news from ekklesia

news from ekklesia

By staff writers
17 Mar 2004

Political row breaks out over Second Coming

-17/3/04

A has broken out between political parties in South Africa over a comment made by Deputy President Jacob Zuma that the ANC would rule until Jesus returned.

The Democratic Alliance has now fired the latest salvo in the row that erupted after the comments made on the campaign trail on Sunday.

The row has intensified as South African Christian Democrats have also joined in the war of words.

Zuma originally told Gauteng election workers at the Nasrec Expo Centre that the African National Congress would "rule South Africa until Jesus comes back".

But ANC spokesperson Smuts Ngonyama has accused opposition parties of deliberately misrepresenting Zuma's use of a common colloquialism to stir up emotions among Christian voters.

The expression used was in the same way as, for example, "until Kingdom come", he said.

The Democratic Alliance's national chairperson Joe Seremane said the African Christian Democratic Party should not present itself as the sole custodian of the Christian faith.

"In its desperation to try and dominate any issue to do with Christianity, the ACDP has decided to attack the DA instead of the ANC," he said in a statement.

ACDP leader Kenneth Meshoe said Seremane's remark should be even more offensive to Christians because it implied the DA believed Jesus would not return, as He promised.

Meshoe's accusation was refuted by Ngonyama on Tuesday.

The DA said Ngonyama confirmed that Zuma's implication was that the ANC would remain in power "in perpetuity" or at least until "an indeterminate point far into the future".

"The DA therefore correctly interpreted the deputy president," Seremane claimed.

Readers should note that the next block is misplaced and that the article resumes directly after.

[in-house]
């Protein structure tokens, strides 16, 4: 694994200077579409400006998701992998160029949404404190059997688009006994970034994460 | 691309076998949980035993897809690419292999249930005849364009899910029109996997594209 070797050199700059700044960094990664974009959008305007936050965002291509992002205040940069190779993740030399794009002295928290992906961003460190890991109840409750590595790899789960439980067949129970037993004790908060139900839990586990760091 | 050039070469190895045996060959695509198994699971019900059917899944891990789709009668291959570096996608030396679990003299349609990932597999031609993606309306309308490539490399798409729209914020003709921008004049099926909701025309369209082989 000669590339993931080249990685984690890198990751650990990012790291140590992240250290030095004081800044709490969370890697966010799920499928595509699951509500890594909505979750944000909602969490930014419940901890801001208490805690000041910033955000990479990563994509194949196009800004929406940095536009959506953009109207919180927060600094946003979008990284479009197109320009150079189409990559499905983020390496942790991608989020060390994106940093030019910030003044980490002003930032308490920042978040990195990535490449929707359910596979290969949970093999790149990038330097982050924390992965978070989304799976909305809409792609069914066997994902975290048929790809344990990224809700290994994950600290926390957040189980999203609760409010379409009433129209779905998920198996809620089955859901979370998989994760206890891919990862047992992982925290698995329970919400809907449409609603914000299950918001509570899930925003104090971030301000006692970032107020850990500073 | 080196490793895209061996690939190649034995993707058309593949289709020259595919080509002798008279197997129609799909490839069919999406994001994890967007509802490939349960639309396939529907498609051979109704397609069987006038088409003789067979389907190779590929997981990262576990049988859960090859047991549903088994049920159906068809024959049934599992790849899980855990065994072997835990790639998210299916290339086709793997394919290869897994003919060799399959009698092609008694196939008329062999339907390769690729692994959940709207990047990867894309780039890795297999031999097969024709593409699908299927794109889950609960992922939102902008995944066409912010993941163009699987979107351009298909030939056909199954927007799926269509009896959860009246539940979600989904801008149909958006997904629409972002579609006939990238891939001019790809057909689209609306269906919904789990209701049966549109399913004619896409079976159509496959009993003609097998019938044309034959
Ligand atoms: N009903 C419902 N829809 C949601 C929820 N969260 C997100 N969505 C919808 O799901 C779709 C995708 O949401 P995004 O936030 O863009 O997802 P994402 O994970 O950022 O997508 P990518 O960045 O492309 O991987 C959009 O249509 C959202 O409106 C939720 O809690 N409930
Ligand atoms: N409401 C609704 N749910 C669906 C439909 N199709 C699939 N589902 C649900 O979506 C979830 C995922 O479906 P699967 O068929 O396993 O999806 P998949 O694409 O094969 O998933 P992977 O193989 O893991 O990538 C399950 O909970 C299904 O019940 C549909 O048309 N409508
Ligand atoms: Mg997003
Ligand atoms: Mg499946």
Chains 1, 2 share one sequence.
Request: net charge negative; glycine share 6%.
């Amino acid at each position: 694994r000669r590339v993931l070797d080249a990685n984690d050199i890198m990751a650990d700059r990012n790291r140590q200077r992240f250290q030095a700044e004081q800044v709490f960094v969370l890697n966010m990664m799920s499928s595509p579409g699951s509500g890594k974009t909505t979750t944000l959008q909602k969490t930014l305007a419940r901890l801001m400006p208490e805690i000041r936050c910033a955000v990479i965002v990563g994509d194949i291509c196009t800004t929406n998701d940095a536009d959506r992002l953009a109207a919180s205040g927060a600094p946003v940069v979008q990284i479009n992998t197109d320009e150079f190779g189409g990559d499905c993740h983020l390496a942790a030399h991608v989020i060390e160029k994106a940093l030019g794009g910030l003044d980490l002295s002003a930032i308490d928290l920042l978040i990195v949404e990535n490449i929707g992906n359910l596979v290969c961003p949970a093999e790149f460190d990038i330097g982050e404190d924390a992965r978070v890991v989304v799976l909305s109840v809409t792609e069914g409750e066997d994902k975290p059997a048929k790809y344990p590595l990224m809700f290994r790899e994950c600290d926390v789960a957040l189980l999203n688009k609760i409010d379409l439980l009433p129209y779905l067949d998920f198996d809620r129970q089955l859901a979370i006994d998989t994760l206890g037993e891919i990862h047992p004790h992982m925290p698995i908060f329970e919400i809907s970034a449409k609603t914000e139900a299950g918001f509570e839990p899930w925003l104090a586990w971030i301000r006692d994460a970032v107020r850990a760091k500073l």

However, Ngonyama's attempts to "spin Zuma's foot out of his mouth" only served to reaffirm the DA's second, and much more substantive criticism of Zuma's comment - its reflection of the ANC's questionable understanding of, and commitment to, liberal democracy in the country.

"It is the language of a one-party state. A government may enjoy a majority of popular support, but unless it is willing to allow the opposition to come to power through the ballot box, then it is a dictatorship not a democracy," Seremane said.

Political row breaks out over Second Coming

-17/3/04

A has broken out between political parties in South Africa over a comment made by Deputy President Jacob Zuma that the ANC would rule until Jesus returned.

The Democratic Alliance has now fired the latest salvo in the row that erupted after the comments made on the campaign trail on Sunday.

The row has intensified as South African Christian Democrats have also joined in the war of words.

Zuma originally told Gauteng election workers at the Nasrec Expo Centre that the African National Congress would "rule South Africa until Jesus comes back".

But ANC spokesperson Smuts Ngonyama has accused opposition parties of deliberately misrepresenting Zuma's use of a common colloquialism to stir up emotions among Christian voters.

The expression used was in the same way as, for example, "until Kingdom come", he said.

The Democratic Alliance's national chairperson Joe Seremane said the African Christian Democratic Party should not present itself as the sole custodian of the Christian faith.

"In its desperation to try and dominate any issue to do with Christianity, the ACDP has decided to attack the DA instead of the ANC," he said in a statement.

ACDP leader Kenneth Meshoe said Seremane's remark should be even more offensive to Christians because it implied the DA believed Jesus would not return, as He promised.

Meshoe's accusation was refuted by Ngonyama on Tuesday.

The DA said Ngonyama confirmed that Zuma's implication was that the ANC would remain in power "in perpetuity" or at least until "an indeterminate point far into the future".

"The DA therefore correctly interpreted the deputy president," Seremane claimed.

However, Ngonyama's attempts to "spin Zuma's foot out of his mouth" only served to reaffirm the DA's second, and much more substantive criticism of Zuma's comment - its reflection of the ANC's questionable understanding of, and commitment to, liberal democracy in the country.

"It is the language of a one-party state. A government may enjoy a majority of popular support, but unless it is willing to allow the opposition to come to power through the ballot box, then it is a dictatorship not a democracy," Seremane said.

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